“Harmony was the main interest that sent me down the jazz route – harmony resonated with me,” says pianist Jonny Liebeck . A graduate of both the Royal Academy of Music and Trinity Laban, he has played in the bands of both Mica Paris and Omar Puente.
His debut album – Mellow Mind has just been released. (Launch gig 12 September 6pm at Artis Blackheath). He spoke to Alison Bentley about moving from classical organ to jazz piano, working with Omar Puente, and how he combines jazz fusion with Latin, soul, house and funk in his original compositions.
London Jazz News: You started out playing classical organ and then got into jazz piano?
Jonny Liebeck: I started piano lessons when I was about eight. There was a strong musical influence in my family, because my mum is an opera singer. I had friends at primary school who sang in the choir in the Brompton Oratory. So I joined the junior choir – I used to hear the organist play and was really intrigued by the instrument. I was a bit of an organ geek in my teens – I liked playing Bach and baroque music.When I was about 13 I used to go to a Saturday Junior music day at the Royal College of Music. One time, I was trying to improvise some Bach and my teacher said, “Jonny, next week I want you to come back and improvise in a completely different style of music.” I heard some Duke Ellington on Radio 3 that afternoon. I loved it and went back to the class and played a jazz improvisation the following week. Later as an organ undergraduate I got really into jazz piano – I’m more self-taught with jazz.
LJN: Have Bach’s harmonies influenced your jazz compositions?
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JL: Definitely. Harmony was the main interest that sent me down the jazz route – harmony resonated with me.
LJN: You mentioned Ellington and Fats Waller – who else influenced you?
JL: When I was 17, I discovered Mark Levine’s guide to jazz harmony. There were example jazz standards in the book by Wayne Shorter, Herbie Hancock and Chick Corea – quite advanced pieces. I also spent quite a long period getting into Robert Glasper’s music.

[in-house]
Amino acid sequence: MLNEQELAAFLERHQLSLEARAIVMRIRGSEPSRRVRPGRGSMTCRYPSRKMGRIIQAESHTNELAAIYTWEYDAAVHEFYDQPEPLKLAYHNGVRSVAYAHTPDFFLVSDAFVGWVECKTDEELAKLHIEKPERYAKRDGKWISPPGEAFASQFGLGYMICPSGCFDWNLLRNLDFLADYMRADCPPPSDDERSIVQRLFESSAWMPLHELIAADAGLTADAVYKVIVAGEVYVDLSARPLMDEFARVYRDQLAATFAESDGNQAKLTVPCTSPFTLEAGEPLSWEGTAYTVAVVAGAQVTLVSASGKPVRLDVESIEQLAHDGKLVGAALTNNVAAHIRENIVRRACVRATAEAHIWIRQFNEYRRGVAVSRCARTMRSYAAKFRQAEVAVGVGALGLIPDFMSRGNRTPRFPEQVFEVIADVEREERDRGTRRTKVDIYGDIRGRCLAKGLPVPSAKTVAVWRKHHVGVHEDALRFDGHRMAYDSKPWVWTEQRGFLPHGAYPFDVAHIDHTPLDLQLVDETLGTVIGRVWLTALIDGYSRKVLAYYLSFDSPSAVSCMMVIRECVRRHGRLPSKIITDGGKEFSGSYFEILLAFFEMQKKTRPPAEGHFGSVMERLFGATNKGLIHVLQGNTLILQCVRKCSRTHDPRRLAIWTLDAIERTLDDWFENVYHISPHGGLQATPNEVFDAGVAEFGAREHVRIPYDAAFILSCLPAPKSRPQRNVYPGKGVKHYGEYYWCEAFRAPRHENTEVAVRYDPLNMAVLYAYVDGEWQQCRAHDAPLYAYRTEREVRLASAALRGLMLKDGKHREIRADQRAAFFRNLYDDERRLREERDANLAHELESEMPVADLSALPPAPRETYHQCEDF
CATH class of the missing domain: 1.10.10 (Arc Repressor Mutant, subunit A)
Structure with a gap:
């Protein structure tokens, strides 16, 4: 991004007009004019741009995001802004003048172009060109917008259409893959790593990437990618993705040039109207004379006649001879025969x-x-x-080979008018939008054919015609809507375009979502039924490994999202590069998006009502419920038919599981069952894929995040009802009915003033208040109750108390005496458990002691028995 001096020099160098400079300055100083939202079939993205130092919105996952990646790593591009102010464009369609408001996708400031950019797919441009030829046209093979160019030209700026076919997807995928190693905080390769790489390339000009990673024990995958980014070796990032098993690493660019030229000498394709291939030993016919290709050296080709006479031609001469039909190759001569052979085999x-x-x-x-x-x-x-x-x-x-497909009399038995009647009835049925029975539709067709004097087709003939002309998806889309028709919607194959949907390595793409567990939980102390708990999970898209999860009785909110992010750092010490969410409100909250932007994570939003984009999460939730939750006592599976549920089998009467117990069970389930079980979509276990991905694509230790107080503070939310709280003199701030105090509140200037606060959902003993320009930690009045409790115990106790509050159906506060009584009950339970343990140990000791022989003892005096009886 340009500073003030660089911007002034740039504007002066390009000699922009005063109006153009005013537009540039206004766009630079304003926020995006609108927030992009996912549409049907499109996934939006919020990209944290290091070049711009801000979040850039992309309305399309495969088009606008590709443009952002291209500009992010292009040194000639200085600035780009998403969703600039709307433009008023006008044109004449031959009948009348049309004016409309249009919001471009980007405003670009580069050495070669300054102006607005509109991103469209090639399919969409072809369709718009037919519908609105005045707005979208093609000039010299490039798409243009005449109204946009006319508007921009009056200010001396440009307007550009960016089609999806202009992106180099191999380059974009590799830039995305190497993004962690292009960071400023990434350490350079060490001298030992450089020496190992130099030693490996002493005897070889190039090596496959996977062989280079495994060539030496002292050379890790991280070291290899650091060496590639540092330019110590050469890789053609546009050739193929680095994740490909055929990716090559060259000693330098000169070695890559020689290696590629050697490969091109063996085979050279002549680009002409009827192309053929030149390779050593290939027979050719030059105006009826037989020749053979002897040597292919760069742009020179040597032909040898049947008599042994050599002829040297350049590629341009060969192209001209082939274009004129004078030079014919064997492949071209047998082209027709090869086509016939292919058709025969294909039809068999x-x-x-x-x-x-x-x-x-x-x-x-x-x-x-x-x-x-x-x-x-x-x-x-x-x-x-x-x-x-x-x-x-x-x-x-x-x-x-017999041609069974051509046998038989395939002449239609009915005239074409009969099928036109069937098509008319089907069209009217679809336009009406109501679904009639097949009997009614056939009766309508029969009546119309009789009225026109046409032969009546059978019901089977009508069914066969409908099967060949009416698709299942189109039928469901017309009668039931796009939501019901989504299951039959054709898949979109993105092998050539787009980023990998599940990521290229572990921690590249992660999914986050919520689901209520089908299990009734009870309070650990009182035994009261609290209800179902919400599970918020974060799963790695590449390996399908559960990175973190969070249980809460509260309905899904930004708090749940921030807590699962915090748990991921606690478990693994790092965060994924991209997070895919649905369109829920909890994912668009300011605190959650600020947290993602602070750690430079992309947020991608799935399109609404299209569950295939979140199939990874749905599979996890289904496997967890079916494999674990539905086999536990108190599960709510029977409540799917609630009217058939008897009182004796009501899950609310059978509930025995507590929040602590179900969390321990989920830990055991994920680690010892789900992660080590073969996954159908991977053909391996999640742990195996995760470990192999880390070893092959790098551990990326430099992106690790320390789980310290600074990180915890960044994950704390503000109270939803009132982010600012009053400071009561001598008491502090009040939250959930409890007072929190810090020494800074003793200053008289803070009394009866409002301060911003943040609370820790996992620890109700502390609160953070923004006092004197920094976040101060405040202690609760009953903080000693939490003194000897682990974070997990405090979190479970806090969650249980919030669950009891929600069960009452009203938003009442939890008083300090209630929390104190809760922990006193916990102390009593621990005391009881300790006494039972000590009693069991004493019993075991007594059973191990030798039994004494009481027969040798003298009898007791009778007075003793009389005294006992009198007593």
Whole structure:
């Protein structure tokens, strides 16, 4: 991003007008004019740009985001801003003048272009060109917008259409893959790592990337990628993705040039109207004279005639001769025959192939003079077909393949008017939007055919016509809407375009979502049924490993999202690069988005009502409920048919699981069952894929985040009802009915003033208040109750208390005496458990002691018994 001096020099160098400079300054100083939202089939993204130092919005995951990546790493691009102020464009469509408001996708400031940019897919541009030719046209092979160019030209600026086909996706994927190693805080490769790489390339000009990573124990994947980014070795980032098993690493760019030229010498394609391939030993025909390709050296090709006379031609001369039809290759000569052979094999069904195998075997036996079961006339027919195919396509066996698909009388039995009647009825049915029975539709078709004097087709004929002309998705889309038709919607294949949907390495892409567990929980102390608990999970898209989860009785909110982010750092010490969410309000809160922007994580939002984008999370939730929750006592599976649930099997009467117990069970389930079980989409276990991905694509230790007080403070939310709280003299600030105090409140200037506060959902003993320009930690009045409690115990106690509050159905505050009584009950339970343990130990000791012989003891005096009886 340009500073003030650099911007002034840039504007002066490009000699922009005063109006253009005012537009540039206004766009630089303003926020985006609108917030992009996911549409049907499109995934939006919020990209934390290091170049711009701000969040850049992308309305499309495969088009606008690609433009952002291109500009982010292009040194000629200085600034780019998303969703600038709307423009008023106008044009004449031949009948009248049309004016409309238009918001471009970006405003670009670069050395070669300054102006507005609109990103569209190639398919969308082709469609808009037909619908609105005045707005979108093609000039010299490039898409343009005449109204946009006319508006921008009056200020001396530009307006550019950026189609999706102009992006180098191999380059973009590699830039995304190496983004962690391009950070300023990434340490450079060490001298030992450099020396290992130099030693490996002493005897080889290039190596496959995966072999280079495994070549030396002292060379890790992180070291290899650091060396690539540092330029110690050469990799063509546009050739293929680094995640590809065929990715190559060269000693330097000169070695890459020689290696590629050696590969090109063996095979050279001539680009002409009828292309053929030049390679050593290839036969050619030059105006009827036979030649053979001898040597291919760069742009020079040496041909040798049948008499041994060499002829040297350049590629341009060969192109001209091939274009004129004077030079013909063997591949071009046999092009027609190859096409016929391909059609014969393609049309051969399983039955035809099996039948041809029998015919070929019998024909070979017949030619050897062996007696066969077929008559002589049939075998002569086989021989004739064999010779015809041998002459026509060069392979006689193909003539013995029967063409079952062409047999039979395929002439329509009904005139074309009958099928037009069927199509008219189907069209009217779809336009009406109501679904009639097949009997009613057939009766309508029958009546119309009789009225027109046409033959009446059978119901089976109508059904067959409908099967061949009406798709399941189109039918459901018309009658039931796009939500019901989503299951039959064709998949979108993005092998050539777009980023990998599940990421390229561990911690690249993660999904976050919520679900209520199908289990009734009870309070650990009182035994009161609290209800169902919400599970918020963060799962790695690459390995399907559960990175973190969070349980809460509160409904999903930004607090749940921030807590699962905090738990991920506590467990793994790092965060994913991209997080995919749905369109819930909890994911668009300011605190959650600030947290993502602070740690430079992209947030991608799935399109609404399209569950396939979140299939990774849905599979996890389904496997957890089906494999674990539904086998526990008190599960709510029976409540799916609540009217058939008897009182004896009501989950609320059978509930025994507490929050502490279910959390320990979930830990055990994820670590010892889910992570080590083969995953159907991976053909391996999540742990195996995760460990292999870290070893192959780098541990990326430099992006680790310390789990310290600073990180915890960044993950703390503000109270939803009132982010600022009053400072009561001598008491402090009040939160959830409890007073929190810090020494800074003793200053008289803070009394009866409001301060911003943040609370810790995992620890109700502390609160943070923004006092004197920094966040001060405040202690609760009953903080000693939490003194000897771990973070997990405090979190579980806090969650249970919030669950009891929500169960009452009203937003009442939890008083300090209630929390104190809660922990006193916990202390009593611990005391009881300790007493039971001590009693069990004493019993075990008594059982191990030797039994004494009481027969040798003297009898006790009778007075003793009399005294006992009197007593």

LJN: On your album, there are clearly a lot of different influences. Daydreaming made me think of Bill Evans with quite complicated-sounding chords. Then on Nostalgic Evenings, there is a hip hop feel – tell me a bit more…
JL: I wrote Daydreaming in 2011. I got really drawn to that Bill Evans harmony. I also use modal chords.
Then about 5 years ago, I started going to jams around London, getting influenced by other styles like funk and soul, and I played with a gospel choir. The tunes on the album are more groove based and I let the drummer Andrew [McLean] put his own flavour on them. I listen to a lot of house music – that comes from funk grooves, like hip hop does.
I wrote these tunes using Logic software. For some of them I’ll just give a basic outline of the groove and leave it to Andrew and the bass player to come up with a feel for the tune. I do write quite a lot of bass lines, like Mellow State. I’m quite into chords with wide intervals – the dissonance it creates speaks to me.
I wrote Chances because it’s good to take your chances as a musician. If something hasn’t worked out, pick yourself up and try again. Boris Latinov harmonised the melody on guitar. There’s a Hancock influence there in my solo – I’ve transcribed a bit of Herbie in my time.
Journey is from 2012 – that’s got a groovy hip hop feel as well. I guess I wrote it about the musical life! Last year I went to the Edinburgh fringe with my mum and her friend Omar Puente, who’s a well-known Cuban violinist. We did a couple of duo gigs and he was teaching me some Latin and Cuban tunes which influenced Soulful Feeling.
Chico has its own story. I knew a vicar in West London who was a very keen saxophone player. We used to play jazz together with an older Brazilian man, an amazing drummer and sadly homeless. I wrote this for that drummer. He was a Latin percussionist who also really liked his hard bop swing, which is reflected in the tune. A year into playing together we were joined by a local bass player who had toured with a lot of famous funk and soul artists back in the day.I wrote Memories as a recollection of my musical and personal path and journey to where I am now. Reflections is just keyboard, guitar and bass to end the album. I do a lot of keyboard work for house producers, so definitely some of my chord progressions are influenced by dance music (particularly Deep House) – soulful chords.
LJN: You have unusual chords but quite accessible melodies.
JL: I try and hear a melody in my head. I do tend to come out with quite lyrical melodies – simple but quite effective!
LJN: Tell me about your band.
JL: Last year, when I decided I was going to record some of my own music, I was playing in a lot of jams with Boris and Andrew. Tom Mason [bass] is into electronic music and drum and bass like me.
There’s an amazing jazz night at Grow in Hackney Wick, run by Boris and Rio Kai, the other bass player on the album. We play together every week and I thought it would be really cool to get Rio involved as well.
We recorded the album live at the OneCat Studio in Brixton and we’re pushing for radio play and more live performances. All the compositions are a reflection of my journey of 29 years! (pp)LINK: Jonny Liebeck’s website